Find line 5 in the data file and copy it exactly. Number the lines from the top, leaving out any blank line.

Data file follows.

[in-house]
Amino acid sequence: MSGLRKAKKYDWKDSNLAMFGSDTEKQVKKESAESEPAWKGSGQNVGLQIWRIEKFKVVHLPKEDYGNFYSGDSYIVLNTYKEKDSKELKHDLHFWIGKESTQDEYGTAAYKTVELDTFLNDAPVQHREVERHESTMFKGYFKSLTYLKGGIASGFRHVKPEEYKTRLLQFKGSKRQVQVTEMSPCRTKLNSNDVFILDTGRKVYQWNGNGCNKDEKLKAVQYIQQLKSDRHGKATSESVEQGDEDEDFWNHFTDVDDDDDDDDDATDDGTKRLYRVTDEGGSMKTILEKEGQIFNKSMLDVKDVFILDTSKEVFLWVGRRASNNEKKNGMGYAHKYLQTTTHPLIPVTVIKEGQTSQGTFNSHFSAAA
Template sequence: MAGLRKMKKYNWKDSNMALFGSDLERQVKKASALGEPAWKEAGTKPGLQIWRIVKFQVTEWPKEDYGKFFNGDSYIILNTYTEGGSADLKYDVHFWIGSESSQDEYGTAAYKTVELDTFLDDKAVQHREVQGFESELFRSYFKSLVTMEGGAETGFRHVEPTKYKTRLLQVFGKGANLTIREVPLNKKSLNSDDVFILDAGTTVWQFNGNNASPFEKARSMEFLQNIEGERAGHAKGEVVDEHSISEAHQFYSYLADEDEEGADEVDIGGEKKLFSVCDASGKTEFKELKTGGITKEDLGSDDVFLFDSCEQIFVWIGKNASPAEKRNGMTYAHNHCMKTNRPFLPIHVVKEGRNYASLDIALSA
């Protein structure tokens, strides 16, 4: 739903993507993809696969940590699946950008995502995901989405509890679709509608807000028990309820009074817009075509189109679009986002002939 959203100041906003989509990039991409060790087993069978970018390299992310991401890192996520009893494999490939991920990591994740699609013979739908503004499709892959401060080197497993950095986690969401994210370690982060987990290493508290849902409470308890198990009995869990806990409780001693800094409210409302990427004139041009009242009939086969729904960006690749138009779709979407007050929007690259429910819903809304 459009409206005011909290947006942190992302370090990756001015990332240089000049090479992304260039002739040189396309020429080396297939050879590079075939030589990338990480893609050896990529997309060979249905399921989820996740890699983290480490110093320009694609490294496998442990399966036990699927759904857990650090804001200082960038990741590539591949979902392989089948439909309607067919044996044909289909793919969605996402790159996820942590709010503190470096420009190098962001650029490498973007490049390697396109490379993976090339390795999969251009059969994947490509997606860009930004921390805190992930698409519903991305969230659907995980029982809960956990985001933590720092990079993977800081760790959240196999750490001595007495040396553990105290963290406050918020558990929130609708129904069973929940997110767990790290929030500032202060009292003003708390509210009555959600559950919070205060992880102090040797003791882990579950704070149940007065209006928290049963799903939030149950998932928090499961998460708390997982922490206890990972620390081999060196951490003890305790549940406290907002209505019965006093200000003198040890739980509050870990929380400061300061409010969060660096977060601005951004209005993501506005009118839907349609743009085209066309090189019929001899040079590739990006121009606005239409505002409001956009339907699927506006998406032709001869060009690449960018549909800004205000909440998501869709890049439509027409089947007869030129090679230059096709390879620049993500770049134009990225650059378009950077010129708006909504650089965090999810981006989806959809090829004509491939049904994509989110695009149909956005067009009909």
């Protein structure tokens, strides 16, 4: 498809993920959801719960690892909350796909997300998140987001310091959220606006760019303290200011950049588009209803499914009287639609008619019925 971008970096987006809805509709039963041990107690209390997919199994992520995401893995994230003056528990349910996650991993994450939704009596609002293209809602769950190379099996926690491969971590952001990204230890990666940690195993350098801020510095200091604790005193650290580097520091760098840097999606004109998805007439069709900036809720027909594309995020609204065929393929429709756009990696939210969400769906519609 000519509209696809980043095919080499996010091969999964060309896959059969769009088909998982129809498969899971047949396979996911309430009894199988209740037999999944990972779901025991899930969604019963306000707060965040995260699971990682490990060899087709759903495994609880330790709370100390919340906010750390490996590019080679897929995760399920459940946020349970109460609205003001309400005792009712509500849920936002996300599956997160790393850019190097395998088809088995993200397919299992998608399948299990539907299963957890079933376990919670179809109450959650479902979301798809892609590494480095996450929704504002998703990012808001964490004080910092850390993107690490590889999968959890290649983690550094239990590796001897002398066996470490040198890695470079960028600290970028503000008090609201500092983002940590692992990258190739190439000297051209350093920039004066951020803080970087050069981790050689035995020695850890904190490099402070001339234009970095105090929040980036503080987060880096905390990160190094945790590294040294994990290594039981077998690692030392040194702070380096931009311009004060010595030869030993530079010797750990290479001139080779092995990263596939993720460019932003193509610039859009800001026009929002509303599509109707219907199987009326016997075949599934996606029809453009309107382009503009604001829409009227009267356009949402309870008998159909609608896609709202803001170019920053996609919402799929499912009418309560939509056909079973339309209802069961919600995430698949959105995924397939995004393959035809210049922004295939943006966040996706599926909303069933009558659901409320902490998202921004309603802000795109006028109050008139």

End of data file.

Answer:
């Protein structure tokens, strides 16, 4: 498809993920959801719960690892909350796909997300998140987001310091959220606006760019303290200011950049588009209803499914009287639609008619019925 971008970096987006809805509709039963041990107690209390997919199994992520995401893995994230003056528990349910996650991993994450939704009596609002293209809602769950190379099996926690491969971590952001990204230890990666940690195993350098801020510095200091604790005193650290580097520091760098840097999606004109998805007439069709900036809720027909594309995020609204065929393929429709756009990696939210969400769906519609 000519509209696809980043095919080499996010091969999964060309896959059969769009088909998982129809498969899971047949396979996911309430009894199988209740037999999944990972779901025991899930969604019963306000707060965040995260699971990682490990060899087709759903495994609880330790709370100390919340906010750390490996590019080679897929995760399920459940946020349970109460609205003001309400005792009712509500849920936002996300599956997160790393850019190097395998088809088995993200397919299992998608399948299990539907299963957890079933376990919670179809109450959650479902979301798809892609590494480095996450929704504002998703990012808001964490004080910092850390993107690490590889999968959890290649983690550094239990590796001897002398066996470490040198890695470079960028600290970028503000008090609201500092983002940590692992990258190739190439000297051209350093920039004066951020803080970087050069981790050689035995020695850890904190490099402070001339234009970095105090929040980036503080987060880096905390990160190094945790590294040294994990290594039981077998690692030392040194702070380096931009311009004060010595030869030993530079010797750990290479001139080779092995990263596939993720460019932003193509610039859009800001026009929002509303599509109707219907199987009326016997075949599934996606029809453009309107382009503009604001829409009227009267356009949402309870008998159909609608896609709202803001170019920053996609919402799929499912009418309560939509056909079973339309209802069961919600995430698949959105995924397939995004393959035809210049922004295939943006966040996706599926909303069933009558659901409320902490998202921004309603802000795109006028109050008139």